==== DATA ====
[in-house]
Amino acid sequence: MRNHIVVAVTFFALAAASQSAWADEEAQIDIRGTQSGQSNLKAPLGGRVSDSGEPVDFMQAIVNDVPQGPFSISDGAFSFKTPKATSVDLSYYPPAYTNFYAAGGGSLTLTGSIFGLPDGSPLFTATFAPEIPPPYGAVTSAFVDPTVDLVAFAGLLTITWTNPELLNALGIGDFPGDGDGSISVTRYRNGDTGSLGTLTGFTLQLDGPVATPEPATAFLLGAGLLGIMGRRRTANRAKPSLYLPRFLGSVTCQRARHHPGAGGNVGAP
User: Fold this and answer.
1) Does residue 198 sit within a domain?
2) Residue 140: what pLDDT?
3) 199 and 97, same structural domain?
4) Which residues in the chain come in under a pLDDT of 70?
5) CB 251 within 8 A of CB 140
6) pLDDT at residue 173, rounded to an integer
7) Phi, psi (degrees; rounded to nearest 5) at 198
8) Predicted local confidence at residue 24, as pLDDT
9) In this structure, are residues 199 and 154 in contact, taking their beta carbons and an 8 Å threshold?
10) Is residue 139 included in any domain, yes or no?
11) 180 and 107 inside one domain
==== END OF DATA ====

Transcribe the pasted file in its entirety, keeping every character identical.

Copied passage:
[in-house]
Amino acid sequence: MRNHIVVAVTFFALAAASQSAWADEEAQIDIRGTQSGQSNLKAPLGGRVSDSGEPVDFMQAIVNDVPQGPFSISDGAFSFKTPKATSVDLSYYPPAYTNFYAAGGGSLTLTGSIFGLPDGSPLFTATFAPEIPPPYGAVTSAFVDPTVDLVAFAGLLTITWTNPELLNALGIGDFPGDGDGSISVTRYRNGDTGSLGTLTGFTLQLDGPVATPEPATAFLLGAGLLGIMGRRRTANRAKPSLYLPRFLGSVTCQRARHHPGAGGNVGAP
User: Fold this and answer.
1) Does residue 198 sit within a domain?
2) Residue 140: what pLDDT?
3) 199 and 97, same structural domain?
4) Which residues in the chain come in under a pLDDT of 70?
5) CB 251 within 8 A of CB 140
6) pLDDT at residue 173, rounded to an integer
7) Phi, psi (degrees; rounded to nearest 5) at 198
8) Predicted local confidence at residue 24, as pLDDT
9) In this structure, are residues 199 and 154 in contact, taking their beta carbons and an 8 Å threshold?
10) Is residue 139 included in any domain, yes or no?
11) 180 and 107 inside one domain